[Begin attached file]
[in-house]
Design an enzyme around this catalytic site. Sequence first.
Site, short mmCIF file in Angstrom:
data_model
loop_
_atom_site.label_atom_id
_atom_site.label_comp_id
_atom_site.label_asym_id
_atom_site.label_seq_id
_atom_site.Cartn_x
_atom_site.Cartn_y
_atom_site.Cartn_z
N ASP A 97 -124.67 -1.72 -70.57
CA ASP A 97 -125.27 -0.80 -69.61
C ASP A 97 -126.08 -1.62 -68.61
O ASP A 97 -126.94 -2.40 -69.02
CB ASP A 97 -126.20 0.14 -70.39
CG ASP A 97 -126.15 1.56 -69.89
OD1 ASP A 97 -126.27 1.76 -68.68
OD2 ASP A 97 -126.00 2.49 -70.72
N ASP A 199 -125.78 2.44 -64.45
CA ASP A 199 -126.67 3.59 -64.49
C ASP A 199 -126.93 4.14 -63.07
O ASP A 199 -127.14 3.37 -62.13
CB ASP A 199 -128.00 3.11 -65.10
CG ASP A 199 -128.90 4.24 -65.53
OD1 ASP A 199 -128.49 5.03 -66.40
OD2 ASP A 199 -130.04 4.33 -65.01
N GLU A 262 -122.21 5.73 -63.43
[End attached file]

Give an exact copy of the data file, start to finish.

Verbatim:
[in-house]
Design an enzyme around this catalytic site. Sequence first.
Site, short mmCIF file in Angstrom:
data_model
loop_
_atom_site.label_atom_id
_atom_site.label_comp_id
_atom_site.label_asym_id
_atom_site.label_seq_id
_atom_site.Cartn_x
_atom_site.Cartn_y
_atom_site.Cartn_z
N ASP A 97 -124.67 -1.72 -70.57
CA ASP A 97 -125.27 -0.80 -69.61
C ASP A 97 -126.08 -1.62 -68.61
O ASP A 97 -126.94 -2.40 -69.02
CB ASP A 97 -126.20 0.14 -70.39
CG ASP A 97 -126.15 1.56 -69.89
OD1 ASP A 97 -126.27 1.76 -68.68
OD2 ASP A 97 -126.00 2.49 -70.72
N ASP A 199 -125.78 2.44 -64.45
CA ASP A 199 -126.67 3.59 -64.49
C ASP A 199 -126.93 4.14 -63.07
O ASP A 199 -127.14 3.37 -62.13
CB ASP A 199 -128.00 3.11 -65.10
CG ASP A 199 -128.90 4.24 -65.53
OD1 ASP A 199 -128.49 5.03 -66.40
OD2 ASP A 199 -130.04 4.33 -65.01
N GLU A 262 -122.21 5.73 -63.43